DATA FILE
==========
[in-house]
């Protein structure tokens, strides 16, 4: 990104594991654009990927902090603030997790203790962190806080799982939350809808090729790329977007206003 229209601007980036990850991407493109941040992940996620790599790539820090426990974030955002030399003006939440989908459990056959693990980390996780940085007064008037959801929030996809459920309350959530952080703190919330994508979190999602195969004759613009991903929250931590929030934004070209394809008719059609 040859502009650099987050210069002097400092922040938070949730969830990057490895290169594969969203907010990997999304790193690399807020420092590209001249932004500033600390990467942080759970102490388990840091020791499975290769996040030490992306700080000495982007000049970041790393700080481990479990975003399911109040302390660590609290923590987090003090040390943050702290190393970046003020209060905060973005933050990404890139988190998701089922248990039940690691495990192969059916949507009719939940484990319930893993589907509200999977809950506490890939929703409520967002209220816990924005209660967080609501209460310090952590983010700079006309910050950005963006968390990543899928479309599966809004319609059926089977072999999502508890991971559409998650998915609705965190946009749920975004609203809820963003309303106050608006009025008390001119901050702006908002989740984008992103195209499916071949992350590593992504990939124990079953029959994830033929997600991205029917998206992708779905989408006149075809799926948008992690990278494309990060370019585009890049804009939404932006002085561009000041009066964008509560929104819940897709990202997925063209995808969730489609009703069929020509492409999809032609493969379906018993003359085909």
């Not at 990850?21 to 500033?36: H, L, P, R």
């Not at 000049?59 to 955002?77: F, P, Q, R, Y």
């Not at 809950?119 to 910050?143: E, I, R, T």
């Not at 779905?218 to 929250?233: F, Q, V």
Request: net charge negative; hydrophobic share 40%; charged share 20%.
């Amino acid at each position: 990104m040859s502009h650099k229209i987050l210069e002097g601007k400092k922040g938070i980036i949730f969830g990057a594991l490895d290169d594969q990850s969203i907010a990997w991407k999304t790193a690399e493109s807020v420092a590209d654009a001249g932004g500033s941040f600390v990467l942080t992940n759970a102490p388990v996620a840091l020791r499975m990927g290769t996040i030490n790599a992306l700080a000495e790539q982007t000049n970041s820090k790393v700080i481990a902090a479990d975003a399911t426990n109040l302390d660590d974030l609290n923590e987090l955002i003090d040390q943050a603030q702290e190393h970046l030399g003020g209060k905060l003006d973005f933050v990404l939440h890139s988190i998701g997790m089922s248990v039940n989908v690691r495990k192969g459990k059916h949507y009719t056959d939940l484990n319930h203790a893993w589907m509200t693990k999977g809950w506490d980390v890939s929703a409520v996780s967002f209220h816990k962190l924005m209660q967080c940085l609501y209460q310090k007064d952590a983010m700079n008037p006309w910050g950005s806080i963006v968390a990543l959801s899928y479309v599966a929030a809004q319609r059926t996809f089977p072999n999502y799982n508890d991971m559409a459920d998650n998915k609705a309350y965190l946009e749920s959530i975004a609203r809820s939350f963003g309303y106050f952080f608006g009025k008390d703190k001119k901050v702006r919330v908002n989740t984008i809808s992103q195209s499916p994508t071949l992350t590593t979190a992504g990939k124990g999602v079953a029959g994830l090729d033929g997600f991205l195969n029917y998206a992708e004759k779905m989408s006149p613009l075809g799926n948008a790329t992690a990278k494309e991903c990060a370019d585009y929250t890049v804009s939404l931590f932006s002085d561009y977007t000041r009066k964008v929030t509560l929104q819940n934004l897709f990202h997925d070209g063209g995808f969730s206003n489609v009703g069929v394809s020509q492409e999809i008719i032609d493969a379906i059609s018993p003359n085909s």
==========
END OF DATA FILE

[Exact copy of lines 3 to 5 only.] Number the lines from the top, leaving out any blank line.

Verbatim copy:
């Not at 990850?21 to 500033?36: H, L, P, R």
């Not at 000049?59 to 955002?77: F, P, Q, R, Y």
């Not at 809950?119 to 910050?143: E, I, R, T």